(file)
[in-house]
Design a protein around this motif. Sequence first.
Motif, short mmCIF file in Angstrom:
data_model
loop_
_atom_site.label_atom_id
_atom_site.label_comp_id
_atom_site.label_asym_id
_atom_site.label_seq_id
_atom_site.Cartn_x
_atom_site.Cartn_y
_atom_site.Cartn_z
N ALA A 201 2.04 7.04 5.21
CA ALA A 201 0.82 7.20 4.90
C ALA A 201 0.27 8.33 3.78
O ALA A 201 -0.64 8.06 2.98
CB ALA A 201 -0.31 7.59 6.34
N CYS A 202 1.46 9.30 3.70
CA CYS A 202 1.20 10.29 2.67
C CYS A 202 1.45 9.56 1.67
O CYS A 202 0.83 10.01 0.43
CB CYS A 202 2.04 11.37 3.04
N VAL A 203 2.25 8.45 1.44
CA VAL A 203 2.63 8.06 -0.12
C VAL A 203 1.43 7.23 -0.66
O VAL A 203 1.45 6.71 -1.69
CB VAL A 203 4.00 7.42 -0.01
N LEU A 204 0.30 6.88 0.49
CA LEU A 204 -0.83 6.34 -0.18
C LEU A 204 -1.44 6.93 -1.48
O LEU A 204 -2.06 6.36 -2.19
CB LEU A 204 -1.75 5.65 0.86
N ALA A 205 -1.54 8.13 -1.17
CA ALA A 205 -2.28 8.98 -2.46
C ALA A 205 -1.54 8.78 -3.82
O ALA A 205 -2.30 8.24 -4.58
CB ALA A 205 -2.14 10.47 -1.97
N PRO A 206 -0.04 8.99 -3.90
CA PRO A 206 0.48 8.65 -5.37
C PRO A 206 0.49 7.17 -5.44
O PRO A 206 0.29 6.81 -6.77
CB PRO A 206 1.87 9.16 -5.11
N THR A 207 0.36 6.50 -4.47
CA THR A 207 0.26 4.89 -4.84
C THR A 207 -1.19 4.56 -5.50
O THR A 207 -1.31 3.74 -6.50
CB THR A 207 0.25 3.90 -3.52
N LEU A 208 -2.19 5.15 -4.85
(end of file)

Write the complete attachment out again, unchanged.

[in-house]
Design a protein around this motif. Sequence first.
Motif, short mmCIF file in Angstrom:
data_model
loop_
_atom_site.label_atom_id
_atom_site.label_comp_id
_atom_site.label_asym_id
_atom_site.label_seq_id
_atom_site.Cartn_x
_atom_site.Cartn_y
_atom_site.Cartn_z
N ALA A 201 2.04 7.04 5.21
CA ALA A 201 0.82 7.20 4.90
C ALA A 201 0.27 8.33 3.78
O ALA A 201 -0.64 8.06 2.98
CB ALA A 201 -0.31 7.59 6.34
N CYS A 202 1.46 9.30 3.70
CA CYS A 202 1.20 10.29 2.67
C CYS A 202 1.45 9.56 1.67
O CYS A 202 0.83 10.01 0.43
CB CYS A 202 2.04 11.37 3.04
N VAL A 203 2.25 8.45 1.44
CA VAL A 203 2.63 8.06 -0.12
C VAL A 203 1.43 7.23 -0.66
O VAL A 203 1.45 6.71 -1.69
CB VAL A 203 4.00 7.42 -0.01
N LEU A 204 0.30 6.88 0.49
CA LEU A 204 -0.83 6.34 -0.18
C LEU A 204 -1.44 6.93 -1.48
O LEU A 204 -2.06 6.36 -2.19
CB LEU A 204 -1.75 5.65 0.86
N ALA A 205 -1.54 8.13 -1.17
CA ALA A 205 -2.28 8.98 -2.46
C ALA A 205 -1.54 8.78 -3.82
O ALA A 205 -2.30 8.24 -4.58
CB ALA A 205 -2.14 10.47 -1.97
N PRO A 206 -0.04 8.99 -3.90
CA PRO A 206 0.48 8.65 -5.37
C PRO A 206 0.49 7.17 -5.44
O PRO A 206 0.29 6.81 -6.77
CB PRO A 206 1.87 9.16 -5.11
N THR A 207 0.36 6.50 -4.47
CA THR A 207 0.26 4.89 -4.84
C THR A 207 -1.19 4.56 -5.50
O THR A 207 -1.31 3.74 -6.50
CB THR A 207 0.25 3.90 -3.52
N LEU A 208 -2.19 5.15 -4.85